3 MARCH 1855, Page 13


THERE is nothing which stern political moralists can say in cri- ticism of Lord John Russell, that Lord John cannot retort upon the English people, without whom he would not be what he is, or have had the power to do what be has done. If he has trifled with a great nation, the great nation is one that has the capacity for being trifled with. If he presumes an easy faith on the part of the British public, the British public returns the compliment by presuming qualities in him which his own actions have been impotent to contradict. Perhaps the British public could not be better impersonated than in Lord Palmerston ; who is clever, with old Tory affections, and yet with modern facilities for receiving new ideas; who mistrusts innovation, though he can lead it—at "request of friends" ; and who has the courage to undertake any- thing, though he is not earnestly despairing should the under- taking fail. The relations of the two statesmen may almost stand to represent the relations of Lord John to the country. They have dismissed each other; but nothing that has passed can keep them separated if reconciliation is a convenience to either of them. Three years ago, when Lord Sohn Russell was in diffi- culties struggling to press forward a Reform Bill that Reform- ers cared nothing about, his noble friend took him unawares upon a collateral issue and most effectually tripped him up. Lord John had to introduce a Militia Bill, as other Ministers have since been obliged ; but, unfortunately for him, he proposed to intro- duce a bill entitled for a " local militia," when the force, as the logical Palmerston discovered, was much more like a "regular mi- litia." So Palmerston, by way of assisting his noble friend and late colleagues to bring in their militia, set them right on princi- ple and moved to omit the word "local"; which he carried against his late colleagues. The offence seemed at the time unpardon- able. Lord John peevishly retorted by moving that "the Chair- man of Committees and Lord Palmerston should be ordered to bring in a bill"; and he at once threw up his post as Premier. The contest was very like some that have followed since. It seemed to be about a word, and yet the whole party re- lations of the two men—the hopes of the Tories that they had re- covered the Foreign Secretary, the hopes of Lord John that he had got the command of the situation to the exclusion of his nearest rival—were staked on the cast of that division whether the bill

should have the word " local" or not. The division was humbug, but it had a grave meaning ; and if the public had some right to complain that statesmen were trifling, undoubtedly the statesmen had a right to retort that the British public is a people that may be trifled with. For this was not the first mystification of the kind. Not to go back to the first half of the century, we find Lord john, in 1851,

resigning because the Commons would not accept his promise of a "more comprehensive measure" in lieu of Mr. Locke King's ten-. pound county franchise. He went out of office, for a fortnigthht, to resume it again with all his colleagues—but not to give the promised Reform Bill.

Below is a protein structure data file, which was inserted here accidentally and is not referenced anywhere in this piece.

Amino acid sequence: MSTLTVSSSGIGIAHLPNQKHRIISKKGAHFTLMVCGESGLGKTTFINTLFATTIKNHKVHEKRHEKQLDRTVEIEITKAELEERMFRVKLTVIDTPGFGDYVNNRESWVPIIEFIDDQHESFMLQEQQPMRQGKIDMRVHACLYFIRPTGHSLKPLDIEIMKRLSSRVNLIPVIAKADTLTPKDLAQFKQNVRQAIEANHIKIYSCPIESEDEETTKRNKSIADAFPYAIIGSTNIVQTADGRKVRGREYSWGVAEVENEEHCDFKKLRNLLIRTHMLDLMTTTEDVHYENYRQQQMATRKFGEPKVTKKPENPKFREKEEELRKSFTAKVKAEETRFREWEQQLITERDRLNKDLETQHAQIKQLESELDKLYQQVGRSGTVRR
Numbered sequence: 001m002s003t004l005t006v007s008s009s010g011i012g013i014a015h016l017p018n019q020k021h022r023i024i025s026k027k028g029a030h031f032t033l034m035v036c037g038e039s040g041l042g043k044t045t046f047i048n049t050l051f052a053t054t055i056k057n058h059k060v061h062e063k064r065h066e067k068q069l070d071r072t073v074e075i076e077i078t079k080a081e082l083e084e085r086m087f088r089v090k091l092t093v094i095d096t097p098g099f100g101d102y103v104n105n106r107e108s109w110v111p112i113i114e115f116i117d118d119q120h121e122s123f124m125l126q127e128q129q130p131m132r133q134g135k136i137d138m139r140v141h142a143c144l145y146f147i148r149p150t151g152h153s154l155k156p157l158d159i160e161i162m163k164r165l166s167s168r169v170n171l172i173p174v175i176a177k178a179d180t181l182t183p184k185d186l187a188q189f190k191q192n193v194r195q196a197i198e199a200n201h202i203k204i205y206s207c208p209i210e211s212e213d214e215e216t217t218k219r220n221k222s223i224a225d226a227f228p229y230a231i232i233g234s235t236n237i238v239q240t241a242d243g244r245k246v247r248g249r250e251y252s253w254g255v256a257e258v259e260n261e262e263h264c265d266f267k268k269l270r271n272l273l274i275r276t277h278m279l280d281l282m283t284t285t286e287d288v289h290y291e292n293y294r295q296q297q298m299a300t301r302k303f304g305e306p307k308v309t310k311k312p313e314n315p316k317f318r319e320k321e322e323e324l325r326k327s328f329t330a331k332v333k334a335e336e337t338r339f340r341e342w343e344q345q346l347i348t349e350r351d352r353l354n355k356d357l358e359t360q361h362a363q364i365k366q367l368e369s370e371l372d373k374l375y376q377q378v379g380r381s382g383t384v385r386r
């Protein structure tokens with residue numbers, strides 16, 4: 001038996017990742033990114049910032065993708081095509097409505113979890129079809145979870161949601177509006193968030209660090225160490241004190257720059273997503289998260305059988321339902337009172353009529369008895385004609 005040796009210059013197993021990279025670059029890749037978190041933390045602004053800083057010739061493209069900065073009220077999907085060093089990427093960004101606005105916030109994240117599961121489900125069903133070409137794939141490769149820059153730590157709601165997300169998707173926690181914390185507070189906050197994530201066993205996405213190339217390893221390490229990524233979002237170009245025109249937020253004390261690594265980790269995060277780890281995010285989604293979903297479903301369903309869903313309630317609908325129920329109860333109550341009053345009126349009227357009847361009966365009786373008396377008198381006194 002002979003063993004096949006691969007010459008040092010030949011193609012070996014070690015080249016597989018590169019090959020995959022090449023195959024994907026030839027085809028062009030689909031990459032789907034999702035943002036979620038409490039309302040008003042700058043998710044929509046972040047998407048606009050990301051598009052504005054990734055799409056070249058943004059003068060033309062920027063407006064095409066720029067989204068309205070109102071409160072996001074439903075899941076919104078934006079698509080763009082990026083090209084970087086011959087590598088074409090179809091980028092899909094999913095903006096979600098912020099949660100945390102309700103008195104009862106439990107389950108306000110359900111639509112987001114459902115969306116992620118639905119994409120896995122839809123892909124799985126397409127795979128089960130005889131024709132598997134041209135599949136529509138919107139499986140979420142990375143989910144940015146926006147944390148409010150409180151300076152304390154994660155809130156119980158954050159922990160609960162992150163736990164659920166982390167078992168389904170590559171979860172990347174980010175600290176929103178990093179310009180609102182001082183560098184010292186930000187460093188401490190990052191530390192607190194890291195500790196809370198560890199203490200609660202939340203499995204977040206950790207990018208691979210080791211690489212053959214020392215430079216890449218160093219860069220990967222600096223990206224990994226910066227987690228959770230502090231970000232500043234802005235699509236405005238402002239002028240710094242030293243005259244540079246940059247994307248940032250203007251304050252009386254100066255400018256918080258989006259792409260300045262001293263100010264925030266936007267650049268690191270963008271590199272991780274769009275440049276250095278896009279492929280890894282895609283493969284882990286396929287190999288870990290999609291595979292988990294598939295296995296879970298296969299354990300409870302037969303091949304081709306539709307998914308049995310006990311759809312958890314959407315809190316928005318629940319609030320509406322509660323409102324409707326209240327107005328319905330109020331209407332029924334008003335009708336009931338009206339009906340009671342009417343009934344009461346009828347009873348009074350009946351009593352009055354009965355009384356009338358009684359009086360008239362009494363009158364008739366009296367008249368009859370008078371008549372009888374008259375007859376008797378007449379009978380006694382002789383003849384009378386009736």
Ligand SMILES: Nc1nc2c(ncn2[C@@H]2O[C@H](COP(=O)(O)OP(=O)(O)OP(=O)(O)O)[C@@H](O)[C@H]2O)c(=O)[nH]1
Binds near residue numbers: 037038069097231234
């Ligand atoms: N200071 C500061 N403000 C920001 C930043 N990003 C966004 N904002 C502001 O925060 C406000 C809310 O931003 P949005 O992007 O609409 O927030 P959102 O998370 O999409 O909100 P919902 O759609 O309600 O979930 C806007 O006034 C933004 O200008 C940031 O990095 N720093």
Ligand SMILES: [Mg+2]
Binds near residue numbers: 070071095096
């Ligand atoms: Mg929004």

If we cannot understand the exact tenure of Lord John Rus- sell's position with the public, still more mysteriou!, is the tenure between himself and his colleagues. There was a time when men who entered office together were supposed to have some kind of plighted faith towards each other; insomuch that any constituent member resigning, the others held themselves bound to do so too, or to explain " the reason why." It is not easy, unless we had the fall confessions of the man who has been virtually Premier of this country since 1846, to explain upon what exact principle the new Colonial Secretary stands, or' what is the liaison between him- self and his colleagues. In the December of 1851, Lord Palmer- ston suddenly resigned: he had said something in private about the coup d'etat at Paris, which occasioned Lord John to deliver a lecture to Lord Palmerston, supported by a previous reproof from the Queen. Two months later, it turned out that the difference between the two noble friends was, that Lord John gave an historical and Lord Palmerston a personal approval of the coup d'etat; scarcely a wider difference than that which afterwards enabled Lord Palmerston to retaliate by striking the word " lo- cal " out of his noble friend's Militia Bill. To abandon office, or to assume office, Lord John always seems to regard as his own private concern. He has once and again resigned on a personal impulse, without consulting his colleagues. He re- signed Mr. Strutt, without consulting that respectable gen- tleman, because he wished to shift his friend Earl Granville from an office which he desired for himself. At a time when other leading men made sacrifices to unite a nation- al Ministry under the Earl of Aberdeen, Lord John Rus- sell appeared to have surrendered all his personal pretensions ; but the sequel seems to show that it was only in appear- ance. When the opportunity arrived, Lord Aberdeen was " dismissed by a blow darkly aimed from an official hand." No two men ever acted in better faith towards their Sovereign, the Parliament, and their country, than Lord Aberdeen and the Duke of Newcastle; yet in the late transactions we find Lord John try- ing to procure the cooperation of Lord Aberdeen in ousting the Duke, without frankly consulting the latter; and ultimately ar- ranging that series of moves which ends in thrusting out Lord Aberdeen himself and putting Lord Palmerston in his place. On what public understanding does Lord John return ? Not long since there seemed to be no statesman who had more absolutely for- feited the confidence of the public. When he retired to the back bench, the popular belief undoubtedly was that he had selected his right place. With the aid of Lord Palmerston, he stepped forward to speak for England at Vienna ; and now he resumes his post in the Cabinet as head of the Colonial empire. What he has done in the interval to gain the confidence that he threw away in January, is not patent to the public. If there was then any haste exhibited in abandoning office on some personal impulse, the sequel has not proved that Lord John Russell entertains any graver sense of his own duties and responsibilities now. If opportunities have been offered to him for great actions, he has unquestionably trifled with those opportunities, snatching them or casting them away at the dictate of individual will. A daring man in re- pute, of unmeasured bravery in high-sounding sentences, his resolution fines down in his measures ; and pledges which he accepts on the impulse of the moment have, as we have seen in this rapid glance at his later career, seldom engaged his grave re- gard when subsequent convenience stood in their way. He has done good service when he was supported ab extra : it is probable that his fickleness—his proneness to trifle with the gravest inte- rests and the most difficult situations for his country—would be explained if we knew the pressure that is put upon him personally. There must be a reason why Lord John is no sooner reconciled to himself and returns to his duty than he is welcomed by his consti- tuency and his country. That reason, we conceive, does not lie very deep below the surface. That he is not of a logical mind, is shown by a notable absence of the processes of reasoning in his public speeches. His disposition in many respects (and in saying so we mean only to predicate of him what has been asserted of all " genius ") partakes greatly of the feminine order ; and in accord- ance with that temperament he seems less to hold his convictions by an intellectual working of his own mind than by the sympathy which he has for authority, and the desire which he has always displayed to identify himself with the most lauded imptilses and the great movements of the nation. The coldness, the hauteur, that some have remarked as a characteristic of his exterior bearing, is but a form of mauvaise honte. If there is a great, a patriotic, and a national thing to be done, Lord John wishes to be part of it,—a leading part if he can, a subsidiary part if he can do no better ; and it is this ingenuous fellow-feeling that, whenever he forgives himself and holds out his hand to his countrymen, makes them so ready to take it again.